According to the National Institutes of Health, there has been a resurgence of syphilis in the United States over the past decade - with over 115,000 reported cases in 2018 alone [1]. If you happen to be one of thousands who has tested positive for the infection - it’s crucial to get the correct treatment to avoid any problems down the line.

Some of the long-term damage that syphilis can cause includes:

  • Neurological problems
  • HIV
  • Congenital syphilis

See also: Syphilis: Causes and Symptoms


What complications are associated with untreated syphilis?


If syphilis goes untreated, it can result in serious damage throughout the body. Some of the long-term damage associated with syphilis include:

See also: Can Syphilis be Cured?


Neurological problems


It’s possible for syphilis to infect the nervous system during any stage of the infection - this is typically referred to as neurosyphilis and can cause a number of problems, such as [2]:

  • Stroke
  • Meningitis
  • Visual problems
  • Dementia
  • Cardiovascular problems

HIV


The genital sores caused by syphilis sometimes bleed making it easier for HIV to be transmitted during sexual contact. It’s estimated that there is a two to five-fold increased risk of contracting HIV if exposed to HIV while syphilis is present [3].


Congenital syphilis


Congenital syphilis is a form of syphilis that occurs when a mother with syphilis passes it on to her child during pregnancy - this is in fact one of the most preventable causes of stillbirth globally [4].

See also: Congenital Syphilis: What you Should Know


Regularly screening your sexual health should always be top of your priority list when it comes to your health and happiness. One of the easiest ways to do this is by visiting your local doctor or by taking a lab test from the comfort of your own home.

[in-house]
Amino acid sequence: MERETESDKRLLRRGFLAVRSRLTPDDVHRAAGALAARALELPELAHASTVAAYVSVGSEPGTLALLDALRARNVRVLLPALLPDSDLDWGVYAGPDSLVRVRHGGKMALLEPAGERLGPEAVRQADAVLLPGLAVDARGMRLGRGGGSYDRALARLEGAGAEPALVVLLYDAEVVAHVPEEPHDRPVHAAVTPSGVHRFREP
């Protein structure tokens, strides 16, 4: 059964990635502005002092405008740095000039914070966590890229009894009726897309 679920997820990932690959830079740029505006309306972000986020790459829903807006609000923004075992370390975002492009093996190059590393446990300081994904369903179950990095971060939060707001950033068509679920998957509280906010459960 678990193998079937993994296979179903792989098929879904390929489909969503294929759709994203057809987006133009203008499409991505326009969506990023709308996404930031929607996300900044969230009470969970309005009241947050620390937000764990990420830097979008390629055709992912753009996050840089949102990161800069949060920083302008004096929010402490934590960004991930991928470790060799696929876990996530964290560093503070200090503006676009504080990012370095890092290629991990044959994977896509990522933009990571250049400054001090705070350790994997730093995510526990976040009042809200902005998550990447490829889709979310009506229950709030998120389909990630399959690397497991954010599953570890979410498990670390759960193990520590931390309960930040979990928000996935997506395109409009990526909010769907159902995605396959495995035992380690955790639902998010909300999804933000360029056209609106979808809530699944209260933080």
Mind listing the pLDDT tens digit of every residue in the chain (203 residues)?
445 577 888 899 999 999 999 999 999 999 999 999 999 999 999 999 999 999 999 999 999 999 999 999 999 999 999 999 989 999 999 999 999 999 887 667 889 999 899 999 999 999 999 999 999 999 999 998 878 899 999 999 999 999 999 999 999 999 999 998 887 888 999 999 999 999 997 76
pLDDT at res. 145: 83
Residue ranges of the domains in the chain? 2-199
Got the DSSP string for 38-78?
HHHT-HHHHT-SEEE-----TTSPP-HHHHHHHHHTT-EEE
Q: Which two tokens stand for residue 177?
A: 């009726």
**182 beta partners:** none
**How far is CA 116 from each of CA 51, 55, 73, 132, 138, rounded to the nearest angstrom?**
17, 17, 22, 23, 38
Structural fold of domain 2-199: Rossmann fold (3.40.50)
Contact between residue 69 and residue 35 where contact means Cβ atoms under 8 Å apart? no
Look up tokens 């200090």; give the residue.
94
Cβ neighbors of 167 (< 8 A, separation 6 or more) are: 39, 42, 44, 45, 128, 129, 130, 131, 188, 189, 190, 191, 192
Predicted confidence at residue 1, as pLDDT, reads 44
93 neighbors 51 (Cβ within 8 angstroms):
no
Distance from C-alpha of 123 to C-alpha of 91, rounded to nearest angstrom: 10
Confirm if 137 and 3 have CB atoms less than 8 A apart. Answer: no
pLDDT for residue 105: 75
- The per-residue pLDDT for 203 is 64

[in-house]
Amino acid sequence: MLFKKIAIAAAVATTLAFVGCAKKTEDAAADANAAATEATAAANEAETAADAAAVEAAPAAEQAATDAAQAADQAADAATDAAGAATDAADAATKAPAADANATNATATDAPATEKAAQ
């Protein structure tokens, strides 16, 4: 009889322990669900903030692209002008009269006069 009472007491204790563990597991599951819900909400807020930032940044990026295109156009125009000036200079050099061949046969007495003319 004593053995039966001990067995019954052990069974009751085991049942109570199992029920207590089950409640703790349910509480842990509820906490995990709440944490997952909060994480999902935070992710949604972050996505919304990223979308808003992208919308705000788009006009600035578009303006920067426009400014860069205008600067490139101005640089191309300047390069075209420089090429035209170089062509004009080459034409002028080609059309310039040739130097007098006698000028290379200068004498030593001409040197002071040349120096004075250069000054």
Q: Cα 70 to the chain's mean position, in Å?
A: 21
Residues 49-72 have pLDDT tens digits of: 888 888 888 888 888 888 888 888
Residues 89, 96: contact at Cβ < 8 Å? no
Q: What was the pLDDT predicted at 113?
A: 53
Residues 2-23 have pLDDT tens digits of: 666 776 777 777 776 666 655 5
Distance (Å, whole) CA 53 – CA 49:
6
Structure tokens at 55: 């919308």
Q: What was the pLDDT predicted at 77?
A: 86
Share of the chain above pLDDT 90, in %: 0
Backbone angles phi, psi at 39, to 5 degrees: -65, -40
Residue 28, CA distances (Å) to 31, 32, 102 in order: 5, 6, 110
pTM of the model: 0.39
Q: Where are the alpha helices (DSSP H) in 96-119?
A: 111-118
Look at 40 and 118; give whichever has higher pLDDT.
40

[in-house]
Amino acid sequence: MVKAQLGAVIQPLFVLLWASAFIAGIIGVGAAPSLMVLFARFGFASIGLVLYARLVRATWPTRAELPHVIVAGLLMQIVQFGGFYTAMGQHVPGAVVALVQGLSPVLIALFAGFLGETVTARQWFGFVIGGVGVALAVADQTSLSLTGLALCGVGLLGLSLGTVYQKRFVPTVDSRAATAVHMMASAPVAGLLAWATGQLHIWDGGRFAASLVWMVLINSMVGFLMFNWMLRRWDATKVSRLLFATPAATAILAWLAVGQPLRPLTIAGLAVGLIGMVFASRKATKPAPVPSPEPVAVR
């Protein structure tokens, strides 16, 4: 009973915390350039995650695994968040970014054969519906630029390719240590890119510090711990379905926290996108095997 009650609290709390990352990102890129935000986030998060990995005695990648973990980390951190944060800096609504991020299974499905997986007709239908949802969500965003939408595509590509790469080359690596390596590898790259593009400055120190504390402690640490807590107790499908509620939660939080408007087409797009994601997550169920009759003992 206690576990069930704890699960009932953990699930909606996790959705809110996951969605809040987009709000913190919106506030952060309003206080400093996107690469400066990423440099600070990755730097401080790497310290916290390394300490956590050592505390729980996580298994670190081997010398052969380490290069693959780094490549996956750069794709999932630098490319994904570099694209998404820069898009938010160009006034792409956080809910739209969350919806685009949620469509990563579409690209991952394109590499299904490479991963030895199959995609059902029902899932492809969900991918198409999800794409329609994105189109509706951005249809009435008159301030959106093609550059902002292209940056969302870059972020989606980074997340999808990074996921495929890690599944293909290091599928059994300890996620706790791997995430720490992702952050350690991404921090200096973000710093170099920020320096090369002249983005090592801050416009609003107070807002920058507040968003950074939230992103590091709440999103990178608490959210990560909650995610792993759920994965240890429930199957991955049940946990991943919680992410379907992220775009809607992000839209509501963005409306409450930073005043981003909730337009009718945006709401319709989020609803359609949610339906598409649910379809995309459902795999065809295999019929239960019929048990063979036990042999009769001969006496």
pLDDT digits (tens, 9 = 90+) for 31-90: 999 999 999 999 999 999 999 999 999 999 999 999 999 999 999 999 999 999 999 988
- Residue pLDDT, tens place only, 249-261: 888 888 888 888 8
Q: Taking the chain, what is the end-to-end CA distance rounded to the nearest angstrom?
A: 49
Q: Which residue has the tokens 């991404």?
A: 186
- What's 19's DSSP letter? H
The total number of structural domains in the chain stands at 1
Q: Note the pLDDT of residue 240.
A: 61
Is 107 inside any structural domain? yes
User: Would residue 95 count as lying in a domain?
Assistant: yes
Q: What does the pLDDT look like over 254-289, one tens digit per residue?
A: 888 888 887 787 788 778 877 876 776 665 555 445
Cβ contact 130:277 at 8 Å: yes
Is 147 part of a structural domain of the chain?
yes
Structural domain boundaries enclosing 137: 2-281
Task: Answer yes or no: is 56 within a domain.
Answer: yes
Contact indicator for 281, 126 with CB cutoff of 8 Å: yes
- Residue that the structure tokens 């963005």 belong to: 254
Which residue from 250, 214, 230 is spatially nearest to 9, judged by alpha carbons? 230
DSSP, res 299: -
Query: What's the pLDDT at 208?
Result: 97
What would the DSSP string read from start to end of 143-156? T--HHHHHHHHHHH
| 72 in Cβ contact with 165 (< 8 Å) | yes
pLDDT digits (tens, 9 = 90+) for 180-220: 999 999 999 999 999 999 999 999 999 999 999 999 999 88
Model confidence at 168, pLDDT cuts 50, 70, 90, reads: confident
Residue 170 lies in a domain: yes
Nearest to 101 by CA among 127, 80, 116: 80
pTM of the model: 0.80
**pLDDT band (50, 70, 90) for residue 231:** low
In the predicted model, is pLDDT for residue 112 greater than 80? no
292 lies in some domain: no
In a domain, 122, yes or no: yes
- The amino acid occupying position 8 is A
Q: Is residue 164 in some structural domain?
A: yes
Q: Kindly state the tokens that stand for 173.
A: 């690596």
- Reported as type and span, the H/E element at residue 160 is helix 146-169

LetsGetChecked’s range of at-home STI tests check for some of the most common sexually transmitted infections - including syphilis, with online results available in 2-5 days.

You should consider taking a test if:

  • You should also consider getting tested if:
  • You become sexually active
  • You have had unprotected sex
  • You are experiencing symptoms of a sexually transmitted infection
  • You are entering into a new sexual relationship
  • You have received a notification from a previous partner that they are infected (STIs can remain dormant for years and/ or take up to three weeks to become detectable.)


References

  1. National Institutes of Health. Resurgence of Syphilis in the United States: An Assessment of Contributing Factors. Online: Ncbi.nlm.nih.gov, 2019
  2. Mayo Clinic. Syphilis. Online: Mayoclinic.org, 2019
  3. Gail Bolan. Syphilis and HIV: A Dangerous Duo Affecting Gay and Bisexual Men. Online: Hiv.gov, 2012
  4. World Health Organization. WHO publishes new estimates on congenital syphilis. Online: Who.int, 2019